The universe has been enlarging ever since it originated from the Big Bang 13.8 billion years ago. The expansion has sped up in the last five billion years due to repulsive forces of dark energy, and scientists now hope to study the process better by understanding the nature of this mysterious dark energy.
A new study has recently been done by the Baryon Oscillation Spectroscopic Survey (BOSS) team, which is a part of the Sloan Digital Sky Survey (SDSS). They have measured the expansion of the universe with high precision by combining two different techniques, using quasars and intergalactic hydrogen gas. They looked at 140,000 distant quasars - luminous regions in the center of enormous galaxies - when the universe was just one-quarter of its current age.
"A little over a year ago we tried this for the first time and demonstrated that it really works. Now we're back with twice as much data and with remarkable precision of 2 per cent. We are measuring the expansion of the universe with exquisite detail. Like the rings of a tree trunk that tell is its age, each quasar spectrum becomes an archive of the universe's history," said Matthew Pieri of the Institute of Cosmology and Gravitation at the University of Portsmouth and member of the BOSS team.
"We have measured the expansion rate in the young Universe with an unprecedented precision of [two] percent. By probing the Universe when it was only a quarter of its present age, BOSS has placed a key anchor to compare to more recent expansion measurements as dark energy has taken hold," team leader Timothée Delubac, of the École Polytechnique Fédérale de Lausanne in Switzerland, said in a news release, according to HNGN.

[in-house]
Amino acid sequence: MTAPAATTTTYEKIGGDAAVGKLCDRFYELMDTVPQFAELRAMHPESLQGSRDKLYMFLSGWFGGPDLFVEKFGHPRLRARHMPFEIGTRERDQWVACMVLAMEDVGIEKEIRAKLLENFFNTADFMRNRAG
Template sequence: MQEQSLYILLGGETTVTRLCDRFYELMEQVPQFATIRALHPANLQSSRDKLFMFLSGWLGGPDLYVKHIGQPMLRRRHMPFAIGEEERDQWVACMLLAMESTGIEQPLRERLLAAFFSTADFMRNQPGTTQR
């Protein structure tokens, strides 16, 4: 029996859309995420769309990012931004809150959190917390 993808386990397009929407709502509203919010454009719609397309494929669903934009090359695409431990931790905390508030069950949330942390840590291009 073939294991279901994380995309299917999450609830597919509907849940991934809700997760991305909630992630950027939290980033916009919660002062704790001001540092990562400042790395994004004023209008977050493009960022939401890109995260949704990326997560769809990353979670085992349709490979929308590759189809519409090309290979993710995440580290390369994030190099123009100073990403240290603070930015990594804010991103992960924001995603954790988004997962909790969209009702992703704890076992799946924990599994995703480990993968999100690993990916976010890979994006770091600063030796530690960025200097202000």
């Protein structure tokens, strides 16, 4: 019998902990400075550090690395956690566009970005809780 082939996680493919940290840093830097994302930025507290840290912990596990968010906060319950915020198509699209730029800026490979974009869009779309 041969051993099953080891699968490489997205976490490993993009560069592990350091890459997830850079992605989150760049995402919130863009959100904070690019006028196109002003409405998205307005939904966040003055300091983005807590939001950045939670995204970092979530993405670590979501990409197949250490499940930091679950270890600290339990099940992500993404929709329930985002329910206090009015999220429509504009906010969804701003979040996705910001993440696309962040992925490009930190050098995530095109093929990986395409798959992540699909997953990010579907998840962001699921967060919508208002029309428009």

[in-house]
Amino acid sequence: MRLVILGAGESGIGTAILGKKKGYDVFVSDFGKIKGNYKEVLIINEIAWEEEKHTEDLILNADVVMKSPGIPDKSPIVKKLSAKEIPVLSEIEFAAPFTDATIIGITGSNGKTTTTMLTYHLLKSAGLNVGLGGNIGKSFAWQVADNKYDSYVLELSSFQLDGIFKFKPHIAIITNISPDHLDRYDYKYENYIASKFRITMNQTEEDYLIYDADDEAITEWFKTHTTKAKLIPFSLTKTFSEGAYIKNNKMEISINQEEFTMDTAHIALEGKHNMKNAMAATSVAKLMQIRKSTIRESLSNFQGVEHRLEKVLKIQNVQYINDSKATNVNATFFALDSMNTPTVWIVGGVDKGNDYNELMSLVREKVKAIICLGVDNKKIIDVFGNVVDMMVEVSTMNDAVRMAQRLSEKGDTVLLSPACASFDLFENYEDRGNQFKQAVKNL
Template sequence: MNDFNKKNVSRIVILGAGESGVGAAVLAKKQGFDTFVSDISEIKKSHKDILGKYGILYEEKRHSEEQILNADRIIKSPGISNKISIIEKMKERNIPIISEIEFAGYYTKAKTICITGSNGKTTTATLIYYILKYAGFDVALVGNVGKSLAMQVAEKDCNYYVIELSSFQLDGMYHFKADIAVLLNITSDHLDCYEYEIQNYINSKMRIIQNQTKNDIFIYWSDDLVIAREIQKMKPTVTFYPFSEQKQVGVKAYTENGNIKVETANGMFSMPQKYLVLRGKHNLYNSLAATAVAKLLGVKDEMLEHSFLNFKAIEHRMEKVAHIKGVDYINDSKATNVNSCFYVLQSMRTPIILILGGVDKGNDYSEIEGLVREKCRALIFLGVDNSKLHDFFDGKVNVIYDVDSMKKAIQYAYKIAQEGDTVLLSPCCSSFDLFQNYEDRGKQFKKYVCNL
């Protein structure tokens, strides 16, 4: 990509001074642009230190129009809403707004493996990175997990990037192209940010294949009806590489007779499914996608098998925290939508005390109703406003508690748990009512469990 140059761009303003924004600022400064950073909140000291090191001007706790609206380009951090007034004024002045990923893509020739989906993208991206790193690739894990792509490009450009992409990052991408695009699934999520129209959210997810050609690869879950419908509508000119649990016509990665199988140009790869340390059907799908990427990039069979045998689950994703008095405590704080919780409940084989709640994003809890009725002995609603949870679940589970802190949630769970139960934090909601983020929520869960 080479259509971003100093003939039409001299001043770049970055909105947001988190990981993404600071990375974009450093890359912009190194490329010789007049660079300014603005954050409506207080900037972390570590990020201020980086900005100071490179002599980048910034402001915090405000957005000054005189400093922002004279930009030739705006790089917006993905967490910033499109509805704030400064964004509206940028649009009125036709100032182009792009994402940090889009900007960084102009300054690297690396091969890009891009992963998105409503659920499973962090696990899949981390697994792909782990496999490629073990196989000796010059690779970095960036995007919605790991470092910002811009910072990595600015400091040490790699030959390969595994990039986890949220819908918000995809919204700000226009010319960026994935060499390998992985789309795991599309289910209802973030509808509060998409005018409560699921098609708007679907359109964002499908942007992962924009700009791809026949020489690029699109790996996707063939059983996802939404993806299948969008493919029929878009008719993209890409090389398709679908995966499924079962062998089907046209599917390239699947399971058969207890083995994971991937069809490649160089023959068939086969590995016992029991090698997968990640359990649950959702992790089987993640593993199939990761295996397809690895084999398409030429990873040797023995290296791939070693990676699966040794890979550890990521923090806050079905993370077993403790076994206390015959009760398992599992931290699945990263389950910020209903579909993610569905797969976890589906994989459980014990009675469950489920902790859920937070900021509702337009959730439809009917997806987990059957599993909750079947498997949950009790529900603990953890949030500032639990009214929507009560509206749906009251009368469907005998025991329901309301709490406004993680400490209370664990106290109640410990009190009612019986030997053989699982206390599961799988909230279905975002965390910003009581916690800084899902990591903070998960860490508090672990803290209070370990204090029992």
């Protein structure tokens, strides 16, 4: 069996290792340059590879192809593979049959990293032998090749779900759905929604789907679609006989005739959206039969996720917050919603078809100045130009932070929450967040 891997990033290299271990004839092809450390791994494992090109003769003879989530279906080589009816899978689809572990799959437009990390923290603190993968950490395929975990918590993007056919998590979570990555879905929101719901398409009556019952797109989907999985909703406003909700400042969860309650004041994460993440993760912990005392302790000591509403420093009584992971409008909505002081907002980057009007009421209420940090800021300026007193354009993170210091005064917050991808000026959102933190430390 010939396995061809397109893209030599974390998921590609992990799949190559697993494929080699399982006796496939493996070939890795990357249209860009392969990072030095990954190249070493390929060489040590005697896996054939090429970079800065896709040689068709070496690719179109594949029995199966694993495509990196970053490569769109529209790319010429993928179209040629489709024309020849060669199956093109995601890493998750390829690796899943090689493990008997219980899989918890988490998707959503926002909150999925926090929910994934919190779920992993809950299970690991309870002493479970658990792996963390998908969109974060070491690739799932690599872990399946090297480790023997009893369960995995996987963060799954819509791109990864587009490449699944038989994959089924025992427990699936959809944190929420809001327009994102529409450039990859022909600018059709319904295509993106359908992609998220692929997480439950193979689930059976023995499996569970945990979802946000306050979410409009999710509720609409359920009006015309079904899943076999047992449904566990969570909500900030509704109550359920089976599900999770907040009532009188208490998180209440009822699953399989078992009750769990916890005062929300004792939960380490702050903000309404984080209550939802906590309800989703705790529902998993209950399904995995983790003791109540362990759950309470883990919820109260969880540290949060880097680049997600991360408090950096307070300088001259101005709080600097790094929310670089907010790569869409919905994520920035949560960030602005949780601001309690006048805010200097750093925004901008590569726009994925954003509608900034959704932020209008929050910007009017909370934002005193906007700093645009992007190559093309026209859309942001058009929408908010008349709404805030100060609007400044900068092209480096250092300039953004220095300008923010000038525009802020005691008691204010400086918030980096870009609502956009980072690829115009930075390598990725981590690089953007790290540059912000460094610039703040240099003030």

The BOSS team's study showed that the universe expanded by one percent every 44 million years, 10.8 billion years ago. Studying the early expansion of the universe provides a crucial standard for evaluating the influence of dark energy in the expansion of the universe in the last five billion years.
"We are measuring the expansion rate better than at any point since the afterglow of the Big Bang, known as the Cosmic Microwave Background (CMB), and that precision is giving us a hint that maybe we aren't getting what we expected and so maybe the universe isn't quite as we had thought," Pieri added.
Photo credit: University of Portsmouth (Edited by Vishnuprasad S Pillai)